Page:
1A) One of the foremost enemies of intelligent, logical thought is dogmatism. Defined by the Cambridge Dictionary as "a fixed... belief or set of beliefs that people are expected to accept without any doubts", dogmatism has throughout history hindered mankind's progressive intellectual development. Examples of dogmatism's pernicious effects can be seen in every time period and among all cultures, and in spheres of knowledge ranging from political ideology and philosophy to religious opinion and science. Those who possess dogmatic views generally do so because they are certain that these views are inviolable in their moral correctness and/or factual accuracy, and as such should never be challenged. This goes against the grain of what the founder of Western philosophy, Socartes, believed was the key to pursuing real truth: "I am the wisest man alive, for I know one thing, and that is that I know nothing."

1B) The key to seeking truth is to follow a three-step process:
- No matter how much you know, there will always be more that you don't know.
- You should always attempt to learn as much as you can about that which you don't know, and challenge that which you think you do know, so that you can come as close as possible to perfecting your understanding of how the world works (science, history), your appreciation of what it means to be alive (philosophy, history, and the countless various arts), what you believe the meaning of life to be (philosophy, art, and religion), and what you want to do with your own brief time on this earth (you).
- No matter how much progress you make in fulfilling the objective of Step Two, there will still always be far more that you don't know then there will be that you do know.

1C) It is impossible to follow that three step process, and thus arrive at any meaningful conclusions about truth, unless you first accept that no point-of-view should ever go unchallenged. This does NOT mean, as some less rigorous scholars choose to interpret it, that everything we believe to be true is automatically false; indeed, very often a viewpoint when thoroughly challenged winds up emerging from the ordeal far stronger and more inviolable than it had been before it underwent that brutal procedure. What it means is that any opinion that goes without question, no matter how seemingly sound, can be wrong, and on that one wrong view can be built an entire edifice of ideas which are destined to either crumble from the inadequacy of their premises or become oppressive because they continue to stand in spite of the rot that lies at their foundations.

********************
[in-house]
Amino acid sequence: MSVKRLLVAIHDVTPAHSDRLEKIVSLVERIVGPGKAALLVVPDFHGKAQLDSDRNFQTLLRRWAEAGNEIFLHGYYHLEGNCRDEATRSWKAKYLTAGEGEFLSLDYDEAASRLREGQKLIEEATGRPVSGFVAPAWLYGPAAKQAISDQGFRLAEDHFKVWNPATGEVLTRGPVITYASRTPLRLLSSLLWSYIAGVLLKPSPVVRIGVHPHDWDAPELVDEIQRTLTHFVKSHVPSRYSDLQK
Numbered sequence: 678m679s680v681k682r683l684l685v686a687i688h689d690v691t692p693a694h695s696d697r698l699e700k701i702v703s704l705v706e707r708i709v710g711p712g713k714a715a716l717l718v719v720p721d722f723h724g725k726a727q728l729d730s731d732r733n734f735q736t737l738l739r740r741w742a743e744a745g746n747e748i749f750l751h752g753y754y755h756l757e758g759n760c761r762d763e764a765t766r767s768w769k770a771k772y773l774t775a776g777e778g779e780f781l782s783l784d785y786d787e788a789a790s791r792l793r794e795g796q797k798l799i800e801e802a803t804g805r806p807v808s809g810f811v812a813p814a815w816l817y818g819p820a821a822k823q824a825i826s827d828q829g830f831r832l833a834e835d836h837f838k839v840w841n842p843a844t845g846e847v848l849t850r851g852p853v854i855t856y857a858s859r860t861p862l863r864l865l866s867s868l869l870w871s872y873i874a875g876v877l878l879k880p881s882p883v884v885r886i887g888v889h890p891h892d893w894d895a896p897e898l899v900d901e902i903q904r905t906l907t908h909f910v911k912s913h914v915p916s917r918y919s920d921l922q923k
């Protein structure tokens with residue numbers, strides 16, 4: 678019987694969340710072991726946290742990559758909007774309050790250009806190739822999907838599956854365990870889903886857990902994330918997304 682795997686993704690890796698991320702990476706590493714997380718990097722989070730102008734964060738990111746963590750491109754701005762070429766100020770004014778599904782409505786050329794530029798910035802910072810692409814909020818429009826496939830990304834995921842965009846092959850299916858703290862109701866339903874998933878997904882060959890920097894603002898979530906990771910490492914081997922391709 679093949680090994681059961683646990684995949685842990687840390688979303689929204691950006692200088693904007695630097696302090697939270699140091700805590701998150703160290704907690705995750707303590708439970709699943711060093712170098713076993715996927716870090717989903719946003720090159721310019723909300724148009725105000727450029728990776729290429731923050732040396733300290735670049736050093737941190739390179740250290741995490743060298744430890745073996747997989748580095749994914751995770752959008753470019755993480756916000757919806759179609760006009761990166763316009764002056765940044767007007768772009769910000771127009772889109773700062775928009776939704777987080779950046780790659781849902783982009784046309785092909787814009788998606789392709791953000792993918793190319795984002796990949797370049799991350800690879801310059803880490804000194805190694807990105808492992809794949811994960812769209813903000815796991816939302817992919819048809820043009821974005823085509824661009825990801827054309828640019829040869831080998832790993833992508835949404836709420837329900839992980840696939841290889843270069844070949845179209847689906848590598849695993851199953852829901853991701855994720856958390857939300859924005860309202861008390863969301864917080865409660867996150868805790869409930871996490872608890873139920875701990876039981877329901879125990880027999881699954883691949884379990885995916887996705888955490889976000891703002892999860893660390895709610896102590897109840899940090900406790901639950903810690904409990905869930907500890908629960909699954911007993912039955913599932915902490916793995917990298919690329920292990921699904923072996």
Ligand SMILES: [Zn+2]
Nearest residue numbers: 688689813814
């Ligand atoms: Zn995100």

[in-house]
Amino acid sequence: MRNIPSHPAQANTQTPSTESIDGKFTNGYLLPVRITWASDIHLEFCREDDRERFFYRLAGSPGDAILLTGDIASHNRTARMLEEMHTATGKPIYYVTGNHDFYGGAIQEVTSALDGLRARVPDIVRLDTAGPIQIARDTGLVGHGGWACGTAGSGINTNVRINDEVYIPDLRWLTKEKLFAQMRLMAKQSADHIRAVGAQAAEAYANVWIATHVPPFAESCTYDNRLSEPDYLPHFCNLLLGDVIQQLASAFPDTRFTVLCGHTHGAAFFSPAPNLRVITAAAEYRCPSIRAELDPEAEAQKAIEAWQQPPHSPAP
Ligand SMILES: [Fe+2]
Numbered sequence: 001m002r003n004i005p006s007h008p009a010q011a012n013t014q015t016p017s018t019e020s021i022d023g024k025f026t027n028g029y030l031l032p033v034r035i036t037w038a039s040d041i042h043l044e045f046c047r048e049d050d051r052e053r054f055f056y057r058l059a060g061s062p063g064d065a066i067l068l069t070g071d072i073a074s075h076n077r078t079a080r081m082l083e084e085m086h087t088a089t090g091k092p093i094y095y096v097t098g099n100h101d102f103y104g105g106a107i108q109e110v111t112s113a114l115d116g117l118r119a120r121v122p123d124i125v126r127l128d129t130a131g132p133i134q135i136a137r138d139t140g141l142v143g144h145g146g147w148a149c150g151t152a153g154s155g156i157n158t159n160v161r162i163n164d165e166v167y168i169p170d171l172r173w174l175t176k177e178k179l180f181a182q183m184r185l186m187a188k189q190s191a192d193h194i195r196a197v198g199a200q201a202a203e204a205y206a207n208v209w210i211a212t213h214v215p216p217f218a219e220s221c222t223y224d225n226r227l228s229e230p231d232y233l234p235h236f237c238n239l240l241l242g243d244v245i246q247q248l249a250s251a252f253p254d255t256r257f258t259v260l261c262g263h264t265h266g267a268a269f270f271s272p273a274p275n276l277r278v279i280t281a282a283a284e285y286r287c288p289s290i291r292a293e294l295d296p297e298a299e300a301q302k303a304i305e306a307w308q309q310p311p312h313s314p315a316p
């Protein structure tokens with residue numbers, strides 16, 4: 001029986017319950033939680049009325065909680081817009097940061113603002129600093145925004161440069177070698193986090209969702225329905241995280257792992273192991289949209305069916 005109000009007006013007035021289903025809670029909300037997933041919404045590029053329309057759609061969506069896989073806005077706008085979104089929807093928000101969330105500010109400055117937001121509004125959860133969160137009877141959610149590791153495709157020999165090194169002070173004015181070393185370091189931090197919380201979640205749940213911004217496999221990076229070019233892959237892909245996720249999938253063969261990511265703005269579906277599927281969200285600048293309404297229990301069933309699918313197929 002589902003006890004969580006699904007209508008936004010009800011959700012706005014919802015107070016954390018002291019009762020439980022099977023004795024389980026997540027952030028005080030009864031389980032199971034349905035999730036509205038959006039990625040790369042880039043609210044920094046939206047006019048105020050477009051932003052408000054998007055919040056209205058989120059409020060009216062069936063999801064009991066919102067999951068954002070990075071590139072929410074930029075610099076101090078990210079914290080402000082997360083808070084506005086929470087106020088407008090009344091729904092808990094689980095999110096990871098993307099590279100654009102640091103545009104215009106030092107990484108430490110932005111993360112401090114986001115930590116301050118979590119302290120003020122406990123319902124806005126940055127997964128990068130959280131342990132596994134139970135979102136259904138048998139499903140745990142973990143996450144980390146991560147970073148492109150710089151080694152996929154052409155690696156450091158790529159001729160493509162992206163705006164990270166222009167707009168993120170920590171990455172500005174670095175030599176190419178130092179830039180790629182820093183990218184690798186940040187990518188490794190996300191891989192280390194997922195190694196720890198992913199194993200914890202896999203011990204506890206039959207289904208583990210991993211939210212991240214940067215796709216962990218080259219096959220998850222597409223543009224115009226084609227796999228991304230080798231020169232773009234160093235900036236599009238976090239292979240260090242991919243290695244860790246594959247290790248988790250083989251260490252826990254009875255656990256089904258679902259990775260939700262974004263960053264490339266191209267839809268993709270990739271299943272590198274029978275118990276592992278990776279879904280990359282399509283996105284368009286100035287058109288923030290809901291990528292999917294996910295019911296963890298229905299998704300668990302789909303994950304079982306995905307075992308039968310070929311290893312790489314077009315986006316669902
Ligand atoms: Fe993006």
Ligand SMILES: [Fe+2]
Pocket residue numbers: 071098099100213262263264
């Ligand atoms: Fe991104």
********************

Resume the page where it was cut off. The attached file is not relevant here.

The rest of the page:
2) Everything that we know, at its core, has to be taken on faith. Our first knowledge of the world comes from the realization of our own existence - Cogito ergo sum, or, I think, therefore I am. This and this alone is what we know to be true, because it is logically impossible for anyone to disprove our own existence. We know we are, and that is that.

From there, the second realm of knowledge comes from what we detect in our immediate experiences through our physical senses (sight, sound, smell, taste, touch), our emotional senses (love, hate, joy, fear, etc.), our intellectual senses (deductive reasoning, artistic understanding, etc.), and the memories we develop/knowledge we learn as a result of the aforementioned physical, emotional, and intellectual senses. The information acquired from these senses appear inviolable, but how often have they been proven wrong? How often do our memories of the past wind up being grossly inaccurate, despite our certainty? Have there not been hundreds of tragic cases in which malfunctions of the organs or brain has caused people to see what isn't there, hear what isn't making sound, feel what has no physical form? Can't our emotions often lead us in one direction even when common sense and reality ultimately tells us that another is correct? Haven't perfectly executed logical reasoning methods led to assumptions about reality - the earth is flat, the earth is the center of the universe, the heart contains the mind, the bumps on your skull determine your personality - that have eventually proven flat wrong?

In short, apart from knowing for certain that you exist, there is nothing else that you can absolutely know is true without question. HOWEVER, it is impossible to function in this world, much less attain a modicum of happiness, without being able to take for granted that certain things are true. In part this is for the purpose of sheer survival - we touch fire and recoil in pain, and thus have to take for granted that this wasn't a fluke and that fire truly is dangerous. In part this is because life becomes unliveable if fail to trust even our most basic physical, emotional, and intellectual senses: How can appreciate the caress of a loved one if we don't even know for certain that there is an emotional being there, like ourselves, capable of feeling love and who loves us? How can we even feel confidence in expressing any opinion if the very fibers of those points-of-view are constantly open to being undermined? Indeed, how can we pursue truth about anything apart from our existence if every fact relating to something else is immediately open to question?